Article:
Further, a larger percentage of the remaining world silver inventory is in the control of publicly-owned investment entities, like ETFs, closed end funds and exchange-licensed warehouses. Such holdings are less likely to be sold than government metal. More often with these the metal goes in but rarely comes out. I estimate total world silver bullion inventories to be one billion ounces. More than 460 million ounces, or almost 50% are in publicly-held funds and exchange warehouses. In gold, two billion ounces exist in world bullion inventories, and less than 50 million ounces, or less than 2.5%, are held in publicly-owned entities. What this means is that not only is there much less silver than gold in the world, the silver is held in much stronger hands. This silver is much less likely to be sold than gold. Certainly, silver doesn’t face the threat of central bank or IMF dumping.
Silver is basically an industrial commodity, while gold is not. However, any fear of a decline in industrial demand for silver is misplaced because 70% of silver production comes as a byproduct to other types of mining, such as copper, lead and zinc. The real advantage of silver being an industrial commodity is lost in the current financial crisis. That advantage is profoundly powerful. Because silver is an industrial commodity, it is a candidate for an industrial shortage, while gold is not. We already have a widespread retail silver shortage, so a wholesale shortage is likely. What clinches the likelihood is that the world’s vast army of silver industrial consumers hold little in the way of inventories, thanks to just-in-time inventory and production practices.
When they face delays in silver shipments the industrial users will panic and attempt to build inventories all at once. I see them as a vast herd of wildebeests on an African plain, nervous and easily spooked. It won’t be the scent of a lion that sets them off, it will be a phone call from their silver supplier telling them there will be a 10 day delay. This is unique to silver and not gold.
If you are gold heavy and silver light, please fix that. If you are just silver light, fix that as well.

By Theodore Butler
(This essay was written by silver analyst Theodore Butler, an independent consultant. Investment Rarities does not necessarily endorse these views, which may or may not prove to be correct.)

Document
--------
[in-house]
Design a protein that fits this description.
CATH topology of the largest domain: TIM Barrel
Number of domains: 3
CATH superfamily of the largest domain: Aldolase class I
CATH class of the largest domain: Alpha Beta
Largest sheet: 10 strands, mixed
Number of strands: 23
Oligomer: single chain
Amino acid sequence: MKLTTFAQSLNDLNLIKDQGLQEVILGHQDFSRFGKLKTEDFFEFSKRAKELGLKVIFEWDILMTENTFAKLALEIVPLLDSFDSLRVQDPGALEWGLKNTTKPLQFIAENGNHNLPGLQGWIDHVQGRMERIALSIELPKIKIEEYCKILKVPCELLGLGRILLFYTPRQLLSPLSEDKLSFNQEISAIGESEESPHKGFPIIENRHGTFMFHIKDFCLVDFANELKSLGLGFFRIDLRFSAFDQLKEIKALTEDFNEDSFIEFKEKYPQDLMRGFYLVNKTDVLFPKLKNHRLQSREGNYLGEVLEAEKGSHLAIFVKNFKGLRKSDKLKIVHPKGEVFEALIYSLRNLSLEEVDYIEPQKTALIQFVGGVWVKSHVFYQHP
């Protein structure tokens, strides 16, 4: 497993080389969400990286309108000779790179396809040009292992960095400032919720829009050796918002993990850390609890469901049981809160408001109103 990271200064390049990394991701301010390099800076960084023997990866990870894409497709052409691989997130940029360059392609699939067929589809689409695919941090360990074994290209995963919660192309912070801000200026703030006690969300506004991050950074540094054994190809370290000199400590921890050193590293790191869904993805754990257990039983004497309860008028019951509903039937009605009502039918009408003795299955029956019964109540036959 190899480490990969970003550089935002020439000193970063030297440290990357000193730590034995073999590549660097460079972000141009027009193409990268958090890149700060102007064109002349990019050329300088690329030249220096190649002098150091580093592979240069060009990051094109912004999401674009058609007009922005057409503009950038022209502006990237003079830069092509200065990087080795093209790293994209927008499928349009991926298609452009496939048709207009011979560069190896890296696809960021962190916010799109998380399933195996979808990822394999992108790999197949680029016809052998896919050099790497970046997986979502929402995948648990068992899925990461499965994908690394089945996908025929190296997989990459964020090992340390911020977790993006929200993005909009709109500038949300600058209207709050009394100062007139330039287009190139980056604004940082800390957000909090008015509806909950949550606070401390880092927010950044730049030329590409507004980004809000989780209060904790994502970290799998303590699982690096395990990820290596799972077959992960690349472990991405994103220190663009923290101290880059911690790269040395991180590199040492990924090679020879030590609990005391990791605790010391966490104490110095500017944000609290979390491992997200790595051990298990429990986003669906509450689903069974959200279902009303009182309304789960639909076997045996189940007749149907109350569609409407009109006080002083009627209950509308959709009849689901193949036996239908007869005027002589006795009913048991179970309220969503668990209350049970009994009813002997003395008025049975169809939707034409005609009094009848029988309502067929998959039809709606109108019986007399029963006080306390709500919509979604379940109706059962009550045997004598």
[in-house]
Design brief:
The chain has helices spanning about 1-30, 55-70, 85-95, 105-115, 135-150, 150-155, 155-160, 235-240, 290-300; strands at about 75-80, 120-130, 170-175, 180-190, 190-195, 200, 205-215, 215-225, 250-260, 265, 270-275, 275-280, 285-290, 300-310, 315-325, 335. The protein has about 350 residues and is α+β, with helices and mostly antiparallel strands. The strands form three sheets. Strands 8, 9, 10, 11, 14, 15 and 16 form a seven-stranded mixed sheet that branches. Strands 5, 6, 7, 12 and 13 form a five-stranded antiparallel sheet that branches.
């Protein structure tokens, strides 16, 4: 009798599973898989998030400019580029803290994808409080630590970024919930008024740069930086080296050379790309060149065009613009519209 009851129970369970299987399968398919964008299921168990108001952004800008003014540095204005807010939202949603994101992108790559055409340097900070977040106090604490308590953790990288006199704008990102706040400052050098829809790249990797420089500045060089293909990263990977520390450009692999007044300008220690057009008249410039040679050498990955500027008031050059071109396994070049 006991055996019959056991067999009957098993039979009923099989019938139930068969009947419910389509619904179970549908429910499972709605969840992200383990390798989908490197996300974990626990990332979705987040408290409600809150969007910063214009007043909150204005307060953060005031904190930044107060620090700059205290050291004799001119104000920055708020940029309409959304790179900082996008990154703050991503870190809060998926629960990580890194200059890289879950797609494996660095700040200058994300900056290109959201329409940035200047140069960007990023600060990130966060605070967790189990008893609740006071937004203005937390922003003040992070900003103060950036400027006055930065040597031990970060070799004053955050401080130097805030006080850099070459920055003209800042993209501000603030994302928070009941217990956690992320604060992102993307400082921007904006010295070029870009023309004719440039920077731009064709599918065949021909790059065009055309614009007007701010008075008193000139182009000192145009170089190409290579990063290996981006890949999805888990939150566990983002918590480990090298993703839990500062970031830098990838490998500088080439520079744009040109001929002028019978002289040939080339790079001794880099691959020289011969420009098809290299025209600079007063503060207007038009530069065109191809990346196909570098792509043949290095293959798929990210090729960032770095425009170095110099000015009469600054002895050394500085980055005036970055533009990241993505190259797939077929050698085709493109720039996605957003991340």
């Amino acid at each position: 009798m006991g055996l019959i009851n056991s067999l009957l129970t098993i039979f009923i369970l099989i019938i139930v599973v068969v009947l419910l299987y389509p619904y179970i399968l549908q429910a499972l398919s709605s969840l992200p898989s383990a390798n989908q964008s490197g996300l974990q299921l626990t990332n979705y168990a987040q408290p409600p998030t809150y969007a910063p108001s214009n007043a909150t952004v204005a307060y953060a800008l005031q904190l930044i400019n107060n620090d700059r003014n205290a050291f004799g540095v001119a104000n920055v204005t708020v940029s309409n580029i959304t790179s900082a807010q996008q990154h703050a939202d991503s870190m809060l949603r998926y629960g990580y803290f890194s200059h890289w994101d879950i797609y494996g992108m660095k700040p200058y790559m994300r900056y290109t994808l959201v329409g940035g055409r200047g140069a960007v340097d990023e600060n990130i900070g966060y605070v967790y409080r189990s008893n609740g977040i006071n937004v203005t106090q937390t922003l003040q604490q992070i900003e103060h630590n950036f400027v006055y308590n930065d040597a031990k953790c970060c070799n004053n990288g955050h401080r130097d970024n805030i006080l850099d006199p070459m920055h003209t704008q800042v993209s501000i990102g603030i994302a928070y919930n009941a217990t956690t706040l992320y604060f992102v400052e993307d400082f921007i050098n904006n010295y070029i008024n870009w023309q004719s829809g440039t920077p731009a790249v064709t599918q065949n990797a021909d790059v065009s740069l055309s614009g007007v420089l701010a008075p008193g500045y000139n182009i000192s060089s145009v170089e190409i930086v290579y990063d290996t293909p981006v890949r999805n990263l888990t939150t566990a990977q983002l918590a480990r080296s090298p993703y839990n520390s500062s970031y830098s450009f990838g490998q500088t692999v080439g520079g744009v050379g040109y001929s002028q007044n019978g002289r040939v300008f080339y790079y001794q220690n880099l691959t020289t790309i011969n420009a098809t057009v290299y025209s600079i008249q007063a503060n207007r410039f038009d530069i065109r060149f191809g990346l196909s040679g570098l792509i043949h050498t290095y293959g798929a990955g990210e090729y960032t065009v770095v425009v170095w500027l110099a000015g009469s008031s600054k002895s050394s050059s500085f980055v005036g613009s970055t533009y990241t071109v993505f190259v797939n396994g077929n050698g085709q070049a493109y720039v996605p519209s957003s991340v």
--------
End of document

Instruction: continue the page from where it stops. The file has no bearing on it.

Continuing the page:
It’s hard to imagine now, but there were times when I worried about having anything fresh to write about silver. Lately it has been choosing from many different topics. This week, the choice was easy. Amid the continuing swirl of major financial crises, one issue rose to the top.
On Thursday, September 25, the Wall Street Journal carried an article announcing that the Commodity Futures Trading Commission (CFTC) had opened a new investigation into allegations of manipulation in the silver market.
Furthermore, on that same day, Commissioner Bart Chilton e-mailed a copy of the Journal story, along with his own comments confirming the investigation, to those who wrote to him about the issue. Both the article and Chilton’s e-mail made special note that the silver investigation was being conducted by the Division of Enforcement, and not the Division of Market Oversight, which had previously investigated the silver market. In simple terms, Enforcement is the muscle.
Whether an entire market, like silver (or gold), is manipulated or not is a matter of utmost importance. In fact, nothing could possibly be more important. Market manipulation is a violation of law and a serious crime. Market manipulation damages everyone in the long run.
Because market manipulation is the number one priority of the CFTC, any revelation that they might be investigating a manipulation in any commodity is big news. So big, in fact, that such investigations are almost always kept strictly confidential while the facts are determined. This is usually so as not to disturb the market. That the CFTC has chosen to openly reveal this silver investigation is almost unprecedented.